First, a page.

While a performance reduction in order to increase endurance could be a critical limiting factor in standard TCAM-based applications requiring many read/write cycles, trading speed for better search/read endurance and better search margin could be sufficient to retain network configuration data in a multi-core neuromorphic chip where long match times (from few tens to hundreds of μs) are required to be compatible with spike length.
So to improve the search margin and search/read endurance, the researchers adopted strong RRAM programming conditions, low search voltage and a limited word length. This came at the expense of lower performance in terms of longer search latencies and lower write endurance, but as the authors emphasized in their conclusion, multi-core neuromorphic computing architectures would not be affected by these problems and could greatly benefit from the RRAM's high density.
In such an application, search operations are frequent, but write operations are few and idle times are long, taking full advantage from the zero standby power consumption of RRAMs while not being affected by the longer search latencies and lower write endurance.
One example cited in the paper is the NeuRAM3 DYNAP-SEL neuromorphic chip (EU H2020 Project running until 2019) whose processing cores comprise multiple TCAM cells per neuron to implement memory-optimized source-address routing schemes. These TCAM cells are typically small and are only programmed at network configuration time.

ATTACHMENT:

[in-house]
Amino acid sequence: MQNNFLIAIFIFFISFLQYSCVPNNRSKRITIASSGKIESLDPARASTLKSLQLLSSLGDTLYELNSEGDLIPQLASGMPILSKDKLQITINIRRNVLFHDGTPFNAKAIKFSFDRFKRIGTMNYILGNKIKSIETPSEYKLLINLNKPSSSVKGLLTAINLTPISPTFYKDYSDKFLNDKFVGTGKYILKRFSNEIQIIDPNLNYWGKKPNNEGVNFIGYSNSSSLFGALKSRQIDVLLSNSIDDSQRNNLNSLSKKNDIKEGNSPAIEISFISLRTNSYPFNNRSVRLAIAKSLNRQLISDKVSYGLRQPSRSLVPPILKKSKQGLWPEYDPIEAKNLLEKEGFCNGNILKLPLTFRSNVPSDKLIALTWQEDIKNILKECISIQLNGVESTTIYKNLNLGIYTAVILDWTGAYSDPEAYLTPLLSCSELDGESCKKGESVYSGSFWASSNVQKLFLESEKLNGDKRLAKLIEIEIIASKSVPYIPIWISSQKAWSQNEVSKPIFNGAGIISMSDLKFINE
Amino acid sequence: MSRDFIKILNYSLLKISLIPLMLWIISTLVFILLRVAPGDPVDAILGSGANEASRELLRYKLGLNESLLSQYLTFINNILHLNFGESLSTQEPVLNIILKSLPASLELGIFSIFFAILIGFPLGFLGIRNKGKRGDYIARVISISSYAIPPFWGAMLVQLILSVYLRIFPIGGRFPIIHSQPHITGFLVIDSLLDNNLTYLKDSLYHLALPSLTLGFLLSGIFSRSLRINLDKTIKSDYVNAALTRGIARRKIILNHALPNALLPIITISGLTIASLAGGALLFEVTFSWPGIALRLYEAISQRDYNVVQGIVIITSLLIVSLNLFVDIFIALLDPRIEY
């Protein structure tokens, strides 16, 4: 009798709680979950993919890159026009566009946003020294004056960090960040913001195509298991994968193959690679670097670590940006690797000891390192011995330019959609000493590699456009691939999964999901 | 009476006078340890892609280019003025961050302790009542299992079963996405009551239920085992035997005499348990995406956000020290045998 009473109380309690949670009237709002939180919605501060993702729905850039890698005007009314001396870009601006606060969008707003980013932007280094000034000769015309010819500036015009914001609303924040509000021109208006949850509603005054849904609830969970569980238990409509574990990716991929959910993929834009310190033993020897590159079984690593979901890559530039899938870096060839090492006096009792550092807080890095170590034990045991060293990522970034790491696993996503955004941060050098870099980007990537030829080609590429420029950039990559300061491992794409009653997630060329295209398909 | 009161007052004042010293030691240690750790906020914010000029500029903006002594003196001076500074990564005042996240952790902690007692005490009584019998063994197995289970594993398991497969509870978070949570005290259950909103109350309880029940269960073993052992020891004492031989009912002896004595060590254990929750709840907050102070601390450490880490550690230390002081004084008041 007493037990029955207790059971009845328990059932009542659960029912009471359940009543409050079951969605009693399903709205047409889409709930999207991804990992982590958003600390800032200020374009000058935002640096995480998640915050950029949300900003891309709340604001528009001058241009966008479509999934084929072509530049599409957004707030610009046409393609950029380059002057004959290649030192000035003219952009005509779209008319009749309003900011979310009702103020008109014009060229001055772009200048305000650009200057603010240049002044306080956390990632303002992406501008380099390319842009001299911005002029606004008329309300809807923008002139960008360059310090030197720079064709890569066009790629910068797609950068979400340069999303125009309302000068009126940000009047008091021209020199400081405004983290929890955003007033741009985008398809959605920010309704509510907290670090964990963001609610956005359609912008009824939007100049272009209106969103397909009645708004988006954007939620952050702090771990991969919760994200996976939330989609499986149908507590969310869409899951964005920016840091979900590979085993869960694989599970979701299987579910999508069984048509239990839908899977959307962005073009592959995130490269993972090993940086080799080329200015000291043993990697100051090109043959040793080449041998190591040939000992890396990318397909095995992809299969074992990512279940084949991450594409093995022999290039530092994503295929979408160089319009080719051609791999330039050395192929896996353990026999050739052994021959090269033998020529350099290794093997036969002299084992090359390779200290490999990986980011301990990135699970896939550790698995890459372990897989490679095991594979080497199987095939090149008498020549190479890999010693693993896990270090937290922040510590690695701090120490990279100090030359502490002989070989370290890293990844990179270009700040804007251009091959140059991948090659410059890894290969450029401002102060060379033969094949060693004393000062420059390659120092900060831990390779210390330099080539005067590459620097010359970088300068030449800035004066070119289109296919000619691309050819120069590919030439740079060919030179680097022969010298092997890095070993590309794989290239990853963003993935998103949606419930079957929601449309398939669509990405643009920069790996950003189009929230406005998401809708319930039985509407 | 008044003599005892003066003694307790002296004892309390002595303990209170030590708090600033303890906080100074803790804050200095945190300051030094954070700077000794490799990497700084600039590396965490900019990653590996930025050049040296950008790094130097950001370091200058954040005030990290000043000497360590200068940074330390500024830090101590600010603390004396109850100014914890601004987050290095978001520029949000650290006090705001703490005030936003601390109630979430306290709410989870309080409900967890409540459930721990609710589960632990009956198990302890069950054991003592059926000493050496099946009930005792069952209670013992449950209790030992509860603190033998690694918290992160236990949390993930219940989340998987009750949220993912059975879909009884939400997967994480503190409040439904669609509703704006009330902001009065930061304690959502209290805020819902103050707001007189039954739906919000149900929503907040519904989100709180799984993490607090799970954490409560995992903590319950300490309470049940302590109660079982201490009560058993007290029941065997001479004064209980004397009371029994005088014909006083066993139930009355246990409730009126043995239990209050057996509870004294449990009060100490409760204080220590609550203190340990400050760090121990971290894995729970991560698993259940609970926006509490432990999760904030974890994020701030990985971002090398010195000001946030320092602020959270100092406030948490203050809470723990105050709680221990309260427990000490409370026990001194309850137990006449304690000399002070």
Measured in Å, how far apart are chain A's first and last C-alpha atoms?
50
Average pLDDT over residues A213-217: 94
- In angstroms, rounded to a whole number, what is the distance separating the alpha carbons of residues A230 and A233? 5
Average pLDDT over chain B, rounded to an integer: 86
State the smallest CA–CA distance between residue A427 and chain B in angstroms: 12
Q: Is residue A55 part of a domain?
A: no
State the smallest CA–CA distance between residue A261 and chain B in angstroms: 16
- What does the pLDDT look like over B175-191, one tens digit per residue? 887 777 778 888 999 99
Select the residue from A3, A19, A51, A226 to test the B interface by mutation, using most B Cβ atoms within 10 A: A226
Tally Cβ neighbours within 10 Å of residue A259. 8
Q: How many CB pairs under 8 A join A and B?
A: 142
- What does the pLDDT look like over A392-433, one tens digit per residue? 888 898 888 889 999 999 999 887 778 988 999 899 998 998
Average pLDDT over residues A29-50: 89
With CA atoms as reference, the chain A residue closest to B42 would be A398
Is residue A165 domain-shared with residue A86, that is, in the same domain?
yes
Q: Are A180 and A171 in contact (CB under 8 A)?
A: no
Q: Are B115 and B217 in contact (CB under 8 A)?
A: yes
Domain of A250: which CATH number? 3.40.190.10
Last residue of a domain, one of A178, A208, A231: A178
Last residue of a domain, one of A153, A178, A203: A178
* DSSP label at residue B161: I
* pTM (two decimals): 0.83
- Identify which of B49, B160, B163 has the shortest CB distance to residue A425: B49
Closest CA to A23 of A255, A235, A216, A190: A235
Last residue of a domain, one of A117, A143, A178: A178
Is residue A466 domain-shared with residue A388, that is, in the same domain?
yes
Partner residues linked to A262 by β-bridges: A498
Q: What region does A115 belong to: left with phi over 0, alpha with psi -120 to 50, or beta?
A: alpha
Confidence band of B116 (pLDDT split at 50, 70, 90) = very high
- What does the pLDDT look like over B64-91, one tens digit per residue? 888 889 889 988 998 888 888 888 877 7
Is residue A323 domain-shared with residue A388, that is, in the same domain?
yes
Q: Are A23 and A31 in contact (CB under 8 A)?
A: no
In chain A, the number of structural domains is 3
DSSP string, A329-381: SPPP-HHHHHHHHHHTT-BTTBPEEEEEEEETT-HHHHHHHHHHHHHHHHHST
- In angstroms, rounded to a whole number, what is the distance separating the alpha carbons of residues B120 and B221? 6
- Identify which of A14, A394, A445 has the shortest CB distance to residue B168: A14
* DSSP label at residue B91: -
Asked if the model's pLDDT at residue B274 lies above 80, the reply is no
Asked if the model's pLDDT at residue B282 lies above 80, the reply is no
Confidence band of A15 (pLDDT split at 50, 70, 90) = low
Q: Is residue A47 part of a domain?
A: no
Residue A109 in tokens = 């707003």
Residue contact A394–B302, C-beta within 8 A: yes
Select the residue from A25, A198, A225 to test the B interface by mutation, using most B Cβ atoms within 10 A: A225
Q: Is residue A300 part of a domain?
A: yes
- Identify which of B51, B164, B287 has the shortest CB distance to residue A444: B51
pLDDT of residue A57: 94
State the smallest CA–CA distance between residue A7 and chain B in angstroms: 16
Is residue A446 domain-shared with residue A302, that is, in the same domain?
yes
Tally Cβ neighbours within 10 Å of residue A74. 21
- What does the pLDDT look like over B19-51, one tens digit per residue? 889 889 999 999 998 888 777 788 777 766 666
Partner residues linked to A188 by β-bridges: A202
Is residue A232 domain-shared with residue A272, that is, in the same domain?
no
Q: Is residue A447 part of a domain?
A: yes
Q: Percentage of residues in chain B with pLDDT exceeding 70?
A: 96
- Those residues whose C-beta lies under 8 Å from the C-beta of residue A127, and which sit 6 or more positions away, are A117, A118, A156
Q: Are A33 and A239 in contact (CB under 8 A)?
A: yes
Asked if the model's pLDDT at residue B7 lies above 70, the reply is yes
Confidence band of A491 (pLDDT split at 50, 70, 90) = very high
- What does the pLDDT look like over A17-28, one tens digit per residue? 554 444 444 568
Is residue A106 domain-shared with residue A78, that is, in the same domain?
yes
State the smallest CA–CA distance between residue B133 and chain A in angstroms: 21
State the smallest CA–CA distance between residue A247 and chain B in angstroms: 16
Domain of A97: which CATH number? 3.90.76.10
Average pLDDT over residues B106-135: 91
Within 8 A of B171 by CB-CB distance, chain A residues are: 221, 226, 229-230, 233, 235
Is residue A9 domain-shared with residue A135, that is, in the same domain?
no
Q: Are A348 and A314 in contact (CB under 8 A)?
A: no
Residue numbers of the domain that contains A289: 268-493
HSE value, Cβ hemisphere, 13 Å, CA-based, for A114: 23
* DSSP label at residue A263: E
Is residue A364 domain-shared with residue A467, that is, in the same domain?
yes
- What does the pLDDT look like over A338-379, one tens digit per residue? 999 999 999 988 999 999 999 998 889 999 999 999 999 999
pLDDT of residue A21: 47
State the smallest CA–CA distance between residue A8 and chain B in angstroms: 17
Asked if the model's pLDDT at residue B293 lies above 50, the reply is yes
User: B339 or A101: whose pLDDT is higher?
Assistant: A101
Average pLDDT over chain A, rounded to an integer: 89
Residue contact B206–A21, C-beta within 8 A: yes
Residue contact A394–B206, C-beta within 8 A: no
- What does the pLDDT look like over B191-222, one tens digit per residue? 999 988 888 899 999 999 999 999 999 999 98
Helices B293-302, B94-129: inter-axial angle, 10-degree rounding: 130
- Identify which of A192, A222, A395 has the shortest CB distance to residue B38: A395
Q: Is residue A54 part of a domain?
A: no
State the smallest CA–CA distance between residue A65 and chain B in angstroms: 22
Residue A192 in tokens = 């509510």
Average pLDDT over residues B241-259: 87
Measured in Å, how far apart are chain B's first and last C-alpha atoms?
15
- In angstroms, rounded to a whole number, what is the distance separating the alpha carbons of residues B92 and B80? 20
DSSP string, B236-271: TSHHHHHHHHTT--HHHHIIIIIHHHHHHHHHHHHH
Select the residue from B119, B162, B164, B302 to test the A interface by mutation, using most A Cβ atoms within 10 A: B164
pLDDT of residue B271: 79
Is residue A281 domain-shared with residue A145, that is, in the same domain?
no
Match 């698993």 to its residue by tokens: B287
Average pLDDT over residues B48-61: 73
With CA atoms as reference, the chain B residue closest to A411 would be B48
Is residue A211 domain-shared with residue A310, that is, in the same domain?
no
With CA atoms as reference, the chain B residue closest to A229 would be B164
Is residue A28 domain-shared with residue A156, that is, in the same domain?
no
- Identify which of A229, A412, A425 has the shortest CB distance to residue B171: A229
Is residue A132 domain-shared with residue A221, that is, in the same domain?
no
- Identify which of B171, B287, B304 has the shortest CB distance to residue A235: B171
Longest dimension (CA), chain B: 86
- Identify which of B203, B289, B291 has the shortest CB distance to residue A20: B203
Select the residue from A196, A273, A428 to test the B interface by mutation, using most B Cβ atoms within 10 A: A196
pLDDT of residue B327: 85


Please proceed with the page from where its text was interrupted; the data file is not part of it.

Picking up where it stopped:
"Assuming many future neuromorphic computing architectures will have thousands of cores, the non-volatility feature of the proposed TCAM circuits will provide an additional crucial benefit, since users will have to upload all the configuration bits only the first time the network is configured,” explains Denys R.B. Ly, a Ph.D. student at Leti and lead author of the paper.
“Users will also be able to skip this potentially time-consuming process every time the chip is reset or power-cycled.”
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